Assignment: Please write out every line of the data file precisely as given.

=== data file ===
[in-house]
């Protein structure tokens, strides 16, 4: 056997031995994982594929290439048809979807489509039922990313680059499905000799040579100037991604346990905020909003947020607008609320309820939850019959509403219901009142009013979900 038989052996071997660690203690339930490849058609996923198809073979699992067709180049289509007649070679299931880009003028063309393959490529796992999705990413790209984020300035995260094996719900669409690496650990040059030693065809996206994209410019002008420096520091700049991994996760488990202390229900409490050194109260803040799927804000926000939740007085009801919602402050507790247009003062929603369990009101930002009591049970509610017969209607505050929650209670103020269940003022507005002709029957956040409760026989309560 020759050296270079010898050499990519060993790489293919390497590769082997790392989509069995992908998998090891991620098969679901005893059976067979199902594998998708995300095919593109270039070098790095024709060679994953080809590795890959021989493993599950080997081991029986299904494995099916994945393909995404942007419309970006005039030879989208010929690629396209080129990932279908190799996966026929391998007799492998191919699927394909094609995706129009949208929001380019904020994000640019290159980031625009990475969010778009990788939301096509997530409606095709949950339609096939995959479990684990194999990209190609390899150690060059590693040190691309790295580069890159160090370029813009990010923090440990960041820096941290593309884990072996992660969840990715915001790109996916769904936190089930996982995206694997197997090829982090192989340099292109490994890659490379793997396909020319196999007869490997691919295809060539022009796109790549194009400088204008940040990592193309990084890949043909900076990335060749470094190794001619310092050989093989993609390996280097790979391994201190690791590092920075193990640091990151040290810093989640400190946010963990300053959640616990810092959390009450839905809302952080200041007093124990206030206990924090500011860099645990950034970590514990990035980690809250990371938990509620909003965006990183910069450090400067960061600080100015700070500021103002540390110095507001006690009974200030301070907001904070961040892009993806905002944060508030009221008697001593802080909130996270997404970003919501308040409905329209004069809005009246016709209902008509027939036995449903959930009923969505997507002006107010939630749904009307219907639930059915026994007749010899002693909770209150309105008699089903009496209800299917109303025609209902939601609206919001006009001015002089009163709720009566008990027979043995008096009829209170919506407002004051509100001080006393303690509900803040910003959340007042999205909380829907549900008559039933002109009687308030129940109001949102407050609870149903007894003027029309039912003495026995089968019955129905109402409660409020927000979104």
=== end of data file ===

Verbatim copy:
[in-house]
């Protein structure tokens, strides 16, 4: 056997031995994982594929290439048809979807489509039922990313680059499905000799040579100037991604346990905020909003947020607008609320309820939850019959509403219901009142009013979900 038989052996071997660690203690339930490849058609996923198809073979699992067709180049289509007649070679299931880009003028063309393959490529796992999705990413790209984020300035995260094996719900669409690496650990040059030693065809996206994209410019002008420096520091700049991994996760488990202390229900409490050194109260803040799927804000926000939740007085009801919602402050507790247009003062929603369990009101930002009591049970509610017969209607505050929650209670103020269940003022507005002709029957956040409760026989309560 020759050296270079010898050499990519060993790489293919390497590769082997790392989509069995992908998998090891991620098969679901005893059976067979199902594998998708995300095919593109270039070098790095024709060679994953080809590795890959021989493993599950080997081991029986299904494995099916994945393909995404942007419309970006005039030879989208010929690629396209080129990932279908190799996966026929391998007799492998191919699927394909094609995706129009949208929001380019904020994000640019290159980031625009990475969010778009990788939301096509997530409606095709949950339609096939995959479990684990194999990209190609390899150690060059590693040190691309790295580069890159160090370029813009990010923090440990960041820096941290593309884990072996992660969840990715915001790109996916769904936190089930996982995206694997197997090829982090192989340099292109490994890659490379793997396909020319196999007869490997691919295809060539022009796109790549194009400088204008940040990592193309990084890949043909900076990335060749470094190794001619310092050989093989993609390996280097790979391994201190690791590092920075193990640091990151040290810093989640400190946010963990300053959640616990810092959390009450839905809302952080200041007093124990206030206990924090500011860099645990950034970590514990990035980690809250990371938990509620909003965006990183910069450090400067960061600080100015700070500021103002540390110095507001006690009974200030301070907001904070961040892009993806905002944060508030009221008697001593802080909130996270997404970003919501308040409905329209004069809005009246016709209902008509027939036995449903959930009923969505997507002006107010939630749904009307219907639930059915026994007749010899002693909770209150309105008699089903009496209800299917109303025609209902939601609206919001006009001015002089009163709720009566008990027979043995008096009829209170919506407002004051509100001080006393303690509900803040910003959340007042999205909380829907549900008559039933002109009687308030129940109001949102407050609870149903007894003027029309039912003495026995089968019955129905109402409660409020927000979104």